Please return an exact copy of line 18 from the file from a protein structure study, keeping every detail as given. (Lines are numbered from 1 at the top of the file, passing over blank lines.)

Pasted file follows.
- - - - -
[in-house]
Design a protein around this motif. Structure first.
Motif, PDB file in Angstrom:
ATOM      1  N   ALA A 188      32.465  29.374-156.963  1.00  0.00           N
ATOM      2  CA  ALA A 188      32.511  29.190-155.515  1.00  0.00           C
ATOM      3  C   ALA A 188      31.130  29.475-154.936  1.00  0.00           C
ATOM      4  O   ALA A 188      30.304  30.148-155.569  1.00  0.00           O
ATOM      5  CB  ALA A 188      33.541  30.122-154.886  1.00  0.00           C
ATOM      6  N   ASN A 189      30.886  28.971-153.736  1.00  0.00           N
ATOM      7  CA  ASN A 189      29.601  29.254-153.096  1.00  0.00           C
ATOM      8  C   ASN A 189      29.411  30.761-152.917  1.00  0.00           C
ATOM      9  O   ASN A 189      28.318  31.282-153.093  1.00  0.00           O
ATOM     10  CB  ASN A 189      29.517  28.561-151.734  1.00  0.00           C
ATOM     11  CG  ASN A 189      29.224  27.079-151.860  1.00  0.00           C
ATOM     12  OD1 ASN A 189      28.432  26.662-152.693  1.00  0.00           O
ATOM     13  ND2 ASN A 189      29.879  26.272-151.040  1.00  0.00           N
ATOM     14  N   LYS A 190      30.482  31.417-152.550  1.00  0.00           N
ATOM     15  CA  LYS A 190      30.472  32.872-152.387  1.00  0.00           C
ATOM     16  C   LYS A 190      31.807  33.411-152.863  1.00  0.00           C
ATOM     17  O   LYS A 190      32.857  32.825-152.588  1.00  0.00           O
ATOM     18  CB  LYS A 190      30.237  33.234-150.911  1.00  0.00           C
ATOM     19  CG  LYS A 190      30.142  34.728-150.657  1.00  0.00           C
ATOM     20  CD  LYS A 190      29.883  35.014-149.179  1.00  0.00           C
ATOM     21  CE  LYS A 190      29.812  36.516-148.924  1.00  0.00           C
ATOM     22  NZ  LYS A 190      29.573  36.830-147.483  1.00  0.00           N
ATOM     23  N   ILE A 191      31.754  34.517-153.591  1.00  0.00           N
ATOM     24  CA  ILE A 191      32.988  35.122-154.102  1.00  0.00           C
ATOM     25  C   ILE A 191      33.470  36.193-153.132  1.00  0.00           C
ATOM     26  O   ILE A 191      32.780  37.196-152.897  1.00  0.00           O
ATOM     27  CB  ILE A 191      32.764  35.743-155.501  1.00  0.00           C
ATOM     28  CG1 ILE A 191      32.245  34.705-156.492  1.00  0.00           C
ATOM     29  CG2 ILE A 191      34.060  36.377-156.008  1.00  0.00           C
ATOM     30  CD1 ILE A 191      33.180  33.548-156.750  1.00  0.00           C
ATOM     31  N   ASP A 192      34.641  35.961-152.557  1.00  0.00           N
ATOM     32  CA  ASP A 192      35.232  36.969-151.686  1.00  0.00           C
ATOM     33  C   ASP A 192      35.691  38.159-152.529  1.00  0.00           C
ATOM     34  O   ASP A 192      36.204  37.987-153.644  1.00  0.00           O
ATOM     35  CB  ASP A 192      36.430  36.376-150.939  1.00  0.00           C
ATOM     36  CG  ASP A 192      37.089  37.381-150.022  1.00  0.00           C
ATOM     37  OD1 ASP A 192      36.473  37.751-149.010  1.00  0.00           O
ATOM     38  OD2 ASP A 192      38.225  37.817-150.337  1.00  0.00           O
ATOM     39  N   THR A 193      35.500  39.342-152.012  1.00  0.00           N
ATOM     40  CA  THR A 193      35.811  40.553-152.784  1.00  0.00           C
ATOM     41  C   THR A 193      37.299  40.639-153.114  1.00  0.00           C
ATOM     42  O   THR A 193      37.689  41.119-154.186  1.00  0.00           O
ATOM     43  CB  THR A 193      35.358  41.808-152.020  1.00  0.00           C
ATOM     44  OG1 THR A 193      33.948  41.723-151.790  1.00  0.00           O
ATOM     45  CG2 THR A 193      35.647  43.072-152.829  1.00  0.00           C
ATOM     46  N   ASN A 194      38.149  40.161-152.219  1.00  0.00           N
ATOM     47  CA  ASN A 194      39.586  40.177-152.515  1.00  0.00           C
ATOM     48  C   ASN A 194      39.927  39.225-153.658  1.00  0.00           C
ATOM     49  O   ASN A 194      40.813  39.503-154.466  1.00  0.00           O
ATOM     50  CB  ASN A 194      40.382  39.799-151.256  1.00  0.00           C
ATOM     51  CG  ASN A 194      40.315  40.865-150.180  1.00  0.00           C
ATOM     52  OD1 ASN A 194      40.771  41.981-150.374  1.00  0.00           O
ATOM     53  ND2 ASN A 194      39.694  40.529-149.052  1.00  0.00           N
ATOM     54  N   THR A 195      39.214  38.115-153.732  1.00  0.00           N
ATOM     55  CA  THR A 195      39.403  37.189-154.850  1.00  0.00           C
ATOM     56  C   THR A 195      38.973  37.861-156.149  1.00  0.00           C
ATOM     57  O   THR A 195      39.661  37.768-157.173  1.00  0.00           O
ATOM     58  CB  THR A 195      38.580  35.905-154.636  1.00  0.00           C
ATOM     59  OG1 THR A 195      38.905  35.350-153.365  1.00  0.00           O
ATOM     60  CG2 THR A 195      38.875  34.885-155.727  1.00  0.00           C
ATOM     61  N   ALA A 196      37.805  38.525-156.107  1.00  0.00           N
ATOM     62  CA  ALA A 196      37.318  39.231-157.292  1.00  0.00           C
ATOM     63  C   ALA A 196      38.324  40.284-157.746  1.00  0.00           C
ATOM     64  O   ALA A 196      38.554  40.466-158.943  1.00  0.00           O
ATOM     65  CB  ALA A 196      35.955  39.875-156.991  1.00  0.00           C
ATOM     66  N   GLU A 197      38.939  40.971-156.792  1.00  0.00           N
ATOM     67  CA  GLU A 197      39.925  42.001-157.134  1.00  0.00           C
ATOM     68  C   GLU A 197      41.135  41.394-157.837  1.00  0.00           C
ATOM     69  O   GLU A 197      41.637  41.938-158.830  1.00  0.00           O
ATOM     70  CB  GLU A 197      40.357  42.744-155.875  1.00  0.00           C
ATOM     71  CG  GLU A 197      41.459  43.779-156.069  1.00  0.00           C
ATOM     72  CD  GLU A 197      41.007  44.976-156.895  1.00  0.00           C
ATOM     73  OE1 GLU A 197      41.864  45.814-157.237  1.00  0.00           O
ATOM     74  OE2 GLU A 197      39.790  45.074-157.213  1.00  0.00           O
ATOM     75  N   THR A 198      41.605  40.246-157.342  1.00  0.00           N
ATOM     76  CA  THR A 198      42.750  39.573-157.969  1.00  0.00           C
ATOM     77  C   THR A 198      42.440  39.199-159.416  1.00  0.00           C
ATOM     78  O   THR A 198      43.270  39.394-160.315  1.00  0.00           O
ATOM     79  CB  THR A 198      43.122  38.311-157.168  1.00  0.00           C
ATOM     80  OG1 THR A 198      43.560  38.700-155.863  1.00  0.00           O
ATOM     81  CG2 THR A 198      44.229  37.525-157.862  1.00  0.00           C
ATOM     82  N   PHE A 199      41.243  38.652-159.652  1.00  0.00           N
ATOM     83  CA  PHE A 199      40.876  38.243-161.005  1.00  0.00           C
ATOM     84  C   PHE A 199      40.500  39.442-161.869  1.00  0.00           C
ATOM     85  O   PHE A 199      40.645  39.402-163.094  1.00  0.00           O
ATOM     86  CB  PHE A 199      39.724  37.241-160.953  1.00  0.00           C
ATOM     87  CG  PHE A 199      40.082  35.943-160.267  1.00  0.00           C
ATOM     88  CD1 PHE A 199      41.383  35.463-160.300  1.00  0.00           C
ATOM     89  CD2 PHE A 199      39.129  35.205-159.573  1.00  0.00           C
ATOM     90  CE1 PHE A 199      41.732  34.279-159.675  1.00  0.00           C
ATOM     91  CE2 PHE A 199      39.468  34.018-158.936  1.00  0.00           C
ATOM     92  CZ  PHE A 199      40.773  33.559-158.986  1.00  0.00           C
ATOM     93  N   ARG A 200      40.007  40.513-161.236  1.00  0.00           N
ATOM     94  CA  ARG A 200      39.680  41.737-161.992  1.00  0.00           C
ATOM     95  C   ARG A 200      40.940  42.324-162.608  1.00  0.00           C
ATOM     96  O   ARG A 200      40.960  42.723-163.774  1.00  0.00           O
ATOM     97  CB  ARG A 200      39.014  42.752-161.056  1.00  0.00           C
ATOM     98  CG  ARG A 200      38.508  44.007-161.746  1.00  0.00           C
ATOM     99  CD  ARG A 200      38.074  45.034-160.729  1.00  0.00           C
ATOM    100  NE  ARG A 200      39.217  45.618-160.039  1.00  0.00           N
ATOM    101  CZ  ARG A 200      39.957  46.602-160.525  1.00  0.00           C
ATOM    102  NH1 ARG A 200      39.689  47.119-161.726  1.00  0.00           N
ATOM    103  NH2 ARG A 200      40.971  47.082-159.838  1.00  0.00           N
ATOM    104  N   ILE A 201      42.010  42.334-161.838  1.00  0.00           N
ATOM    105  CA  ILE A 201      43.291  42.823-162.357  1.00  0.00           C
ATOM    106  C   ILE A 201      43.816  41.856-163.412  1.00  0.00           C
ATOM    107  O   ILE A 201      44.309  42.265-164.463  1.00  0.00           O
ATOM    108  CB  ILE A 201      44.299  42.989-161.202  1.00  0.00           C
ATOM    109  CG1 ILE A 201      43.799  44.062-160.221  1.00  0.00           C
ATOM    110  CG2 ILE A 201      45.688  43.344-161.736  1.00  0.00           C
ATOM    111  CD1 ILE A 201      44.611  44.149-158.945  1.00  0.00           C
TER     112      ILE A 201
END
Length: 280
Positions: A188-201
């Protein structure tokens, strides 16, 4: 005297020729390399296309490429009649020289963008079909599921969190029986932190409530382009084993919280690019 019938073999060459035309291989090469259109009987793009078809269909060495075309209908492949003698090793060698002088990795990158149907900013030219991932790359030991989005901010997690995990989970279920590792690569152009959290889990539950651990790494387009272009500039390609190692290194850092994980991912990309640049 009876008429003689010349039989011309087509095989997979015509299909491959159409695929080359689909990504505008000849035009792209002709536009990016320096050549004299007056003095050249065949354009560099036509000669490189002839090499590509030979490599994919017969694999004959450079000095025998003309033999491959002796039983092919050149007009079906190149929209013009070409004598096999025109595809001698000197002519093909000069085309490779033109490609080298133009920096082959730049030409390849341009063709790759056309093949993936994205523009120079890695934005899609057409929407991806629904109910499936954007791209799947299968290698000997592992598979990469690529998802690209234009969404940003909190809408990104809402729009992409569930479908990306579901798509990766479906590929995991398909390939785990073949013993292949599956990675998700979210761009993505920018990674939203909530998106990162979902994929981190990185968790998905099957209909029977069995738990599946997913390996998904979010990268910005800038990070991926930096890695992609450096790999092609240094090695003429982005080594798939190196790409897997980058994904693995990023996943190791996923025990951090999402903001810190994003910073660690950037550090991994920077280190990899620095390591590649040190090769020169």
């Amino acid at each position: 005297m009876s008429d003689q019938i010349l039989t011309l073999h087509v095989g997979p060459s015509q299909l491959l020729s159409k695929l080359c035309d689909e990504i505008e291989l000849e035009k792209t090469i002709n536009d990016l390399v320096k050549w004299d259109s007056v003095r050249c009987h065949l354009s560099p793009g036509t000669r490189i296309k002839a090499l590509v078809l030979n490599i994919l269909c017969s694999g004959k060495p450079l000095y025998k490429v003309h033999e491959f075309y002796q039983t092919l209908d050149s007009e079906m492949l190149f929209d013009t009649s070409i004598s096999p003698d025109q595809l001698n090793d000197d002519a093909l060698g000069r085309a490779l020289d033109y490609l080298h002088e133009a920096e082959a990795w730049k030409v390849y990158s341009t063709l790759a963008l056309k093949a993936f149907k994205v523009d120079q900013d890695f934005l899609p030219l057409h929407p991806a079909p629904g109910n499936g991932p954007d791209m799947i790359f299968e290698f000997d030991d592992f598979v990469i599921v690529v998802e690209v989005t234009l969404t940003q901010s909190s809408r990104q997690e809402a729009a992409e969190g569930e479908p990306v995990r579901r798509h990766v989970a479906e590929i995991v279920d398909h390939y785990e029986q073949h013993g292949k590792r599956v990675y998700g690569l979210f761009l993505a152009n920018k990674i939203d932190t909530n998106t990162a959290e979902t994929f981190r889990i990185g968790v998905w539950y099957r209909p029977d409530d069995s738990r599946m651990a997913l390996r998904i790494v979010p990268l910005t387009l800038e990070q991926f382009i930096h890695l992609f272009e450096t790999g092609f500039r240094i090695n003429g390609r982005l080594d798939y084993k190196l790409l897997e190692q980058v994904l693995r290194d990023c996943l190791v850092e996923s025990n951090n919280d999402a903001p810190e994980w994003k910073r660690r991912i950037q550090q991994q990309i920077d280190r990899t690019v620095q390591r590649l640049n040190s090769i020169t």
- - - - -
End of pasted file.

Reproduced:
ATOM     15  CA  LYS A 190      30.472  32.872-152.387  1.00  0.00           C